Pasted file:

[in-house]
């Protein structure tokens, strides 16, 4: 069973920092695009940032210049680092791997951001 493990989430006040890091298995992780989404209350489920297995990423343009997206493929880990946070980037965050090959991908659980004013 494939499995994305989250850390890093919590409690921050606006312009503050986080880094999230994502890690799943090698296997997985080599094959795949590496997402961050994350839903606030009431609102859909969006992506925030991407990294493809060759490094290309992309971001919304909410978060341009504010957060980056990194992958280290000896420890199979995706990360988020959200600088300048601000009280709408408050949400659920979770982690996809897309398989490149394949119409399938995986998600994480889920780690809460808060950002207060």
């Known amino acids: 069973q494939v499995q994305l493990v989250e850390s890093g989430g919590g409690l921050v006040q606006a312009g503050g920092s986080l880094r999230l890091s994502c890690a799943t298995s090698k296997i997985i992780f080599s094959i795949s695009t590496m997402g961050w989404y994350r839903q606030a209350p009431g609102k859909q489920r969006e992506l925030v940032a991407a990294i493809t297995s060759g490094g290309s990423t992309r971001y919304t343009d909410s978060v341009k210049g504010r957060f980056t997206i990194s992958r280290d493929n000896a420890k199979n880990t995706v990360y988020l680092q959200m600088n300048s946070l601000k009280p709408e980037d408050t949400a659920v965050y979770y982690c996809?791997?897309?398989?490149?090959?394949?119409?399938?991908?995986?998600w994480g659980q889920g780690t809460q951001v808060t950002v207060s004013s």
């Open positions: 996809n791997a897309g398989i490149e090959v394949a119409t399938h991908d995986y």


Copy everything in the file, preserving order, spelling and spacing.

[in-house]
């Protein structure tokens, strides 16, 4: 069973920092695009940032210049680092791997951001 493990989430006040890091298995992780989404209350489920297995990423343009997206493929880990946070980037965050090959991908659980004013 494939499995994305989250850390890093919590409690921050606006312009503050986080880094999230994502890690799943090698296997997985080599094959795949590496997402961050994350839903606030009431609102859909969006992506925030991407990294493809060759490094290309992309971001919304909410978060341009504010957060980056990194992958280290000896420890199979995706990360988020959200600088300048601000009280709408408050949400659920979770982690996809897309398989490149394949119409399938995986998600994480889920780690809460808060950002207060």
């Known amino acids: 069973q494939v499995q994305l493990v989250e850390s890093g989430g919590g409690l921050v006040q606006a312009g503050g920092s986080l880094r999230l890091s994502c890690a799943t298995s090698k296997i997985i992780f080599s094959i795949s695009t590496m997402g961050w989404y994350r839903q606030a209350p009431g609102k859909q489920r969006e992506l925030v940032a991407a990294i493809t297995s060759g490094g290309s990423t992309r971001y919304t343009d909410s978060v341009k210049g504010r957060f980056t997206i990194s992958r280290d493929n000896a420890k199979n880990t995706v990360y988020l680092q959200m600088n300048s946070l601000k009280p709408e980037d408050t949400a659920v965050y979770y982690c996809?791997?897309?398989?490149?090959?394949?119409?399938?991908?995986?998600w994480g659980q889920g780690t809460q951001v808060t950002v207060s004013s």
């Open positions: 996809n791997a897309g398989i490149e090959v394949a119409t399938h991908d995986y």